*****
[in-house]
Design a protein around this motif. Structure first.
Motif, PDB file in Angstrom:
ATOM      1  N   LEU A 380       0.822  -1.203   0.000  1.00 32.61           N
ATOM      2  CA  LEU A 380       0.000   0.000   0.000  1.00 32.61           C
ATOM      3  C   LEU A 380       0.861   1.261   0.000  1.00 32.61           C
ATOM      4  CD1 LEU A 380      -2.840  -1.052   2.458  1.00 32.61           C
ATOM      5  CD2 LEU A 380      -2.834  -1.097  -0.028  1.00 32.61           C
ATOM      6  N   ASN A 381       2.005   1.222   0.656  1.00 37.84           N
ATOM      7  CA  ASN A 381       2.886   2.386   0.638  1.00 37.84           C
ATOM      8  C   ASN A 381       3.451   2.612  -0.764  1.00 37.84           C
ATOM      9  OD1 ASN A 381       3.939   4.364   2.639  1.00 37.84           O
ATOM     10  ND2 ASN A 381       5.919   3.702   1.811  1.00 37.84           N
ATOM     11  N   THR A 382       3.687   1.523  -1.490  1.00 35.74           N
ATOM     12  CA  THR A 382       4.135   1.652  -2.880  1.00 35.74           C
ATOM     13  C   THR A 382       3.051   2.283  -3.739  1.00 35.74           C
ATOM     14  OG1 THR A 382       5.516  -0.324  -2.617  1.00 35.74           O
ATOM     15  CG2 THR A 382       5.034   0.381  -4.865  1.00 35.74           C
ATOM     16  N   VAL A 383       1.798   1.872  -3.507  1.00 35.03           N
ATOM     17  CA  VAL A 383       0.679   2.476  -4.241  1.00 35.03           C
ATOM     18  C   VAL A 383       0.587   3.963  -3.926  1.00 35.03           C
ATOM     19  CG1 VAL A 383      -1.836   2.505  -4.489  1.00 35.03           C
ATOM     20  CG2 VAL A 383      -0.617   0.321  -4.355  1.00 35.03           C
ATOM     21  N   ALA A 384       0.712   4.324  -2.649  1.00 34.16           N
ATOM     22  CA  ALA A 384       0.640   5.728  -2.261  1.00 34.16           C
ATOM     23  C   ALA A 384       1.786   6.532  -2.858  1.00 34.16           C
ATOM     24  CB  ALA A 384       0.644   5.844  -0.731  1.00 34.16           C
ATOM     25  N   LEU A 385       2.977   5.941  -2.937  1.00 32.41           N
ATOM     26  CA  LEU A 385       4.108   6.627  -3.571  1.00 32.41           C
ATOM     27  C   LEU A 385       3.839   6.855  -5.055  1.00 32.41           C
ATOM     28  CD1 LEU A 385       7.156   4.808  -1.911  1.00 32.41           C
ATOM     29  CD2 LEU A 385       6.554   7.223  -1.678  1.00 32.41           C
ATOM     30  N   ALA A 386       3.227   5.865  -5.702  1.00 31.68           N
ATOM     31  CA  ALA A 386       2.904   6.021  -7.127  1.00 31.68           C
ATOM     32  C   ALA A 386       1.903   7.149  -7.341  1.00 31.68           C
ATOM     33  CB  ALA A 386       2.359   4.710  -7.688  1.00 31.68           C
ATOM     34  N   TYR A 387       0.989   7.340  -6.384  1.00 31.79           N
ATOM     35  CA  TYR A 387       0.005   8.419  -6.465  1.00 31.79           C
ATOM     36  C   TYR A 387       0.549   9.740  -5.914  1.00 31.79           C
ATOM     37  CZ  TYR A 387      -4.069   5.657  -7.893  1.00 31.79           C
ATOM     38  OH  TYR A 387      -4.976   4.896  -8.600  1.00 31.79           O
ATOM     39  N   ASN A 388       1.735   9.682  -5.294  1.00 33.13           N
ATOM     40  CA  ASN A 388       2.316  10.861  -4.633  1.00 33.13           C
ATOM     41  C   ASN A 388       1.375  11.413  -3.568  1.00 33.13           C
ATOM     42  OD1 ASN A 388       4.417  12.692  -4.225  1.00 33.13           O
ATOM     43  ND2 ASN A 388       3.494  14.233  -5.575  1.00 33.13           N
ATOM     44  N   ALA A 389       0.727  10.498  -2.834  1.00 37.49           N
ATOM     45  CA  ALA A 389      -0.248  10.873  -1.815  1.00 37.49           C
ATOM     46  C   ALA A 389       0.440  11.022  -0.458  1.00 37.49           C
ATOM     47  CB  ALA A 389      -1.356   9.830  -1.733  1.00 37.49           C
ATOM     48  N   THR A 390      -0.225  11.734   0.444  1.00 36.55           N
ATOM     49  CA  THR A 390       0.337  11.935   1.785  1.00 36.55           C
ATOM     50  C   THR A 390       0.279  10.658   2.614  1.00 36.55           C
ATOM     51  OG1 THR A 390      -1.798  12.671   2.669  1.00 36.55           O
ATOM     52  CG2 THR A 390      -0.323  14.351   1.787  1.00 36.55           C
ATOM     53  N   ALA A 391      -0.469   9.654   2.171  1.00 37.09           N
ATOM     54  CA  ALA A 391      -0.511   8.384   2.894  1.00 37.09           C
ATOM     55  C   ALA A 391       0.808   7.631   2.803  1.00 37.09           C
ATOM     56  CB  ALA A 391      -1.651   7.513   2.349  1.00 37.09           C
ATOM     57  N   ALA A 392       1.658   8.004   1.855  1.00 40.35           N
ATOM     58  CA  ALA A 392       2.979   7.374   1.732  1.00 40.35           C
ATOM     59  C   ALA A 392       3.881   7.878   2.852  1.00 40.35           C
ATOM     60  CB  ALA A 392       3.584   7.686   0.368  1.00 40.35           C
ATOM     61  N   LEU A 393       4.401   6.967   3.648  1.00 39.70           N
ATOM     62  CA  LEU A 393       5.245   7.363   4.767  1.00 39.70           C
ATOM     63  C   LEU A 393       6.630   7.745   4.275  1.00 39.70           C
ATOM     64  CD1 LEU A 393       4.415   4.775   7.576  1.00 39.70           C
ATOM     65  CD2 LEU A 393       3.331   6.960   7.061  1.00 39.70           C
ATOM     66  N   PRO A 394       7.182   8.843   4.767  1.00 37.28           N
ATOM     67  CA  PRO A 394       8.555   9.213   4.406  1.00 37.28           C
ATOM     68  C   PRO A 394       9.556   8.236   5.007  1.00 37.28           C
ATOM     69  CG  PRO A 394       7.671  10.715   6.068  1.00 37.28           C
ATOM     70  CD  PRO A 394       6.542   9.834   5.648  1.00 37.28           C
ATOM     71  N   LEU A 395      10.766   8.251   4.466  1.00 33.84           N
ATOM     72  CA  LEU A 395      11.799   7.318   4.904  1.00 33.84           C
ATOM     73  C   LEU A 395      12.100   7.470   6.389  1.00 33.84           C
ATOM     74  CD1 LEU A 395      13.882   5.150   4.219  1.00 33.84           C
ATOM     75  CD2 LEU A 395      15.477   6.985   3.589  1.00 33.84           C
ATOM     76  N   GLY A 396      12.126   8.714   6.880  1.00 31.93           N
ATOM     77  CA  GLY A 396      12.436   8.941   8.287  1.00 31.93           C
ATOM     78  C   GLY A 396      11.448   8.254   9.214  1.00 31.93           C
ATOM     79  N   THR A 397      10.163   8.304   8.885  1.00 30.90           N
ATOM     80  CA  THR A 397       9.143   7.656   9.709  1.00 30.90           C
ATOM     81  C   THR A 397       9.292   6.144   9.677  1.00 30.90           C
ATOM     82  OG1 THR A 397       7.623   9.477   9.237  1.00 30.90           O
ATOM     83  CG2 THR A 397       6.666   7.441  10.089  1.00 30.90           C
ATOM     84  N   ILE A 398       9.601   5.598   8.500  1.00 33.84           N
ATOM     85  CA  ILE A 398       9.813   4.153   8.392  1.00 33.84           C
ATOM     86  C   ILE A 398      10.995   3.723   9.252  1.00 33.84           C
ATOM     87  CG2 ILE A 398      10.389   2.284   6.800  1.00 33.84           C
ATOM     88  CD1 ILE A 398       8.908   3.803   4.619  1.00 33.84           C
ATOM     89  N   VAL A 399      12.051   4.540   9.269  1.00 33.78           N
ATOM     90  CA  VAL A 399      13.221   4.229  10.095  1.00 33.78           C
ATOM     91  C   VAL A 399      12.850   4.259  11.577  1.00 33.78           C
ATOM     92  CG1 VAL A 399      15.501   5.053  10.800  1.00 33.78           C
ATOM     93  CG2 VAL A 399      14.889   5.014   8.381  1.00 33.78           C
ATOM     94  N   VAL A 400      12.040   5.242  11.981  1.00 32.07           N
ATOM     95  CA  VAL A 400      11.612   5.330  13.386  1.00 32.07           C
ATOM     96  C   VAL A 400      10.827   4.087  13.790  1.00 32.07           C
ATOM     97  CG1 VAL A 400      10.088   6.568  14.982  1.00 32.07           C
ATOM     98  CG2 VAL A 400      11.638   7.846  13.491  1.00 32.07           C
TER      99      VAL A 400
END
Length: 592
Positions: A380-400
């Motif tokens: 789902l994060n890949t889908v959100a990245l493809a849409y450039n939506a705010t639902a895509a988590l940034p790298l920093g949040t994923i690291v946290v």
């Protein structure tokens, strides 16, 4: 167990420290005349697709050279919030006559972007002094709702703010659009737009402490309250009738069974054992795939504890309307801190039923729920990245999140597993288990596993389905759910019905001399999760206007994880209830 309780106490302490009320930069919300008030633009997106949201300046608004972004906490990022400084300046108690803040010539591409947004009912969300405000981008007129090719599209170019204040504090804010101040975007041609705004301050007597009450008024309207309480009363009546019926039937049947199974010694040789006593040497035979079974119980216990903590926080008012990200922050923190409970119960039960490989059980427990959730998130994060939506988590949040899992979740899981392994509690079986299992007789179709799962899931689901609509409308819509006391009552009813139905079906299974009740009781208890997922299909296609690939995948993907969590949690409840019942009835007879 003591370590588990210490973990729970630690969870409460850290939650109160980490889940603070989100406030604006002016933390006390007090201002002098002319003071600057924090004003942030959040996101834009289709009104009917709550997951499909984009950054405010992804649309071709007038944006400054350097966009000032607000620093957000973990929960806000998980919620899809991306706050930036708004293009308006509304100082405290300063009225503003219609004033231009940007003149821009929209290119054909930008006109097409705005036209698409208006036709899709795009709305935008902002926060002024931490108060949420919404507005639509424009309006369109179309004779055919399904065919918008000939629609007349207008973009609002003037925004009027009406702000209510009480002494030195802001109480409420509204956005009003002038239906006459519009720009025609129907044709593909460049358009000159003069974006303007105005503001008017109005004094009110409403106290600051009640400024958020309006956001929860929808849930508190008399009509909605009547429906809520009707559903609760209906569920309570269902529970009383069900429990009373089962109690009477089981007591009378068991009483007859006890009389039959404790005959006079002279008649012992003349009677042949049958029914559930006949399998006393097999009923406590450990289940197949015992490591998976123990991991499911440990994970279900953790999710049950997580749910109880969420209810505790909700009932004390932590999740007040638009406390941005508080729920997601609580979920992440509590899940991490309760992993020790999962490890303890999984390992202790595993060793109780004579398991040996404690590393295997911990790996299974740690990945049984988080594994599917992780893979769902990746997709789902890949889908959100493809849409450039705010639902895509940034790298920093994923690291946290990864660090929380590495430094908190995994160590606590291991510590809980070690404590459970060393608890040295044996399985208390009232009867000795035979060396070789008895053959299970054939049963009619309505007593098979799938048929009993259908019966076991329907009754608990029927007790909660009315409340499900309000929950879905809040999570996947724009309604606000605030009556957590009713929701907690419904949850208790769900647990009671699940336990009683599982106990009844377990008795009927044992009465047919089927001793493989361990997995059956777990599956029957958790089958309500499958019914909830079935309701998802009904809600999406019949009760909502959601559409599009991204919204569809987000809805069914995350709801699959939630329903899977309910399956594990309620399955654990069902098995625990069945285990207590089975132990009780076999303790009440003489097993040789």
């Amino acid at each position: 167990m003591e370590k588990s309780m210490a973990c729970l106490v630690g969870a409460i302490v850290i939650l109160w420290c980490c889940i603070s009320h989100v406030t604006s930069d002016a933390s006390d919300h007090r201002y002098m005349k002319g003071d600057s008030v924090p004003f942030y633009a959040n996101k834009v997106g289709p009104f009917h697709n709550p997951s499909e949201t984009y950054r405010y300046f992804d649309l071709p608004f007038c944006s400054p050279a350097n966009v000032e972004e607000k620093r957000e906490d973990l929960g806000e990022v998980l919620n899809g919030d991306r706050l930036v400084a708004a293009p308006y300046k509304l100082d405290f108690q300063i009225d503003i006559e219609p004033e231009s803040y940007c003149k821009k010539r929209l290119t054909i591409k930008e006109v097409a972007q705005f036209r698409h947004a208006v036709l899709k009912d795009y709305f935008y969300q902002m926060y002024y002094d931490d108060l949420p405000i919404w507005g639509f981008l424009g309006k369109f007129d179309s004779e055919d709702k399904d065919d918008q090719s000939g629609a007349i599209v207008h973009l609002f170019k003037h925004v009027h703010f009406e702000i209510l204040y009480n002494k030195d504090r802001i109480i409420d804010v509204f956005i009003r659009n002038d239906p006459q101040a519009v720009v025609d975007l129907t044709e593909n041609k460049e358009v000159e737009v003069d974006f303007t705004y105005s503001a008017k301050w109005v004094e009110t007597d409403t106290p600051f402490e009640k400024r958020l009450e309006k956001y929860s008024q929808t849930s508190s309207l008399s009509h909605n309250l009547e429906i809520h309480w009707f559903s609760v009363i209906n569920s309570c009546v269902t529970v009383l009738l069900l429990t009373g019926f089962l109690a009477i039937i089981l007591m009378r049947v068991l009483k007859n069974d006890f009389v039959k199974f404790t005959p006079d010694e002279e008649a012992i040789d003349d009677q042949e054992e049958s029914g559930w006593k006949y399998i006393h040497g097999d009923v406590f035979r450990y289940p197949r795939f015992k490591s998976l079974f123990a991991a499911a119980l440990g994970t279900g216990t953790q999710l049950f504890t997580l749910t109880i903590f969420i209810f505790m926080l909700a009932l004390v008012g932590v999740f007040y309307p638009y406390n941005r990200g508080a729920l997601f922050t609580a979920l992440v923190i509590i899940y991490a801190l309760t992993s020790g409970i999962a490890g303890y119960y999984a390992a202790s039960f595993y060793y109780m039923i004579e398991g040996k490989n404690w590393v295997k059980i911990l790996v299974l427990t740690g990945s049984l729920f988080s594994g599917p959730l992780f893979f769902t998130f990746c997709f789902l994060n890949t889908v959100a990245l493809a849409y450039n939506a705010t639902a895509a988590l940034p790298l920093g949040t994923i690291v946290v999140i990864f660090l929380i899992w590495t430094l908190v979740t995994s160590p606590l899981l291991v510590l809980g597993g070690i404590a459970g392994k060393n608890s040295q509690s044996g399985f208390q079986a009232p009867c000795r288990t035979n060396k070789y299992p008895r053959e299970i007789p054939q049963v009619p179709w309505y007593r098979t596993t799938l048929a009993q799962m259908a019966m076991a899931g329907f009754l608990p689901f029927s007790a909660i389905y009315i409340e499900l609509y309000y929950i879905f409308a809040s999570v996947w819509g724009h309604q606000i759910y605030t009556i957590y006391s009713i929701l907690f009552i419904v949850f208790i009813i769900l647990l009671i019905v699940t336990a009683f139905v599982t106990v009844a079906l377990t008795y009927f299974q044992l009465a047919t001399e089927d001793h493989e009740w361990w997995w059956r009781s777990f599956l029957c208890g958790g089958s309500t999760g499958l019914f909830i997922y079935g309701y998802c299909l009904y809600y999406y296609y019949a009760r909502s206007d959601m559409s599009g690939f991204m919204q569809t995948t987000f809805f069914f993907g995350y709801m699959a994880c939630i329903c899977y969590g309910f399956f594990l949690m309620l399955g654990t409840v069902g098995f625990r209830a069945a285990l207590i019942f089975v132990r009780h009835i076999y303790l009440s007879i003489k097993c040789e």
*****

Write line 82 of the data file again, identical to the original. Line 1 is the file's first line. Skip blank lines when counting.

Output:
ATOM     79  N   THR A 397      10.163   8.304   8.885  1.00 30.90           N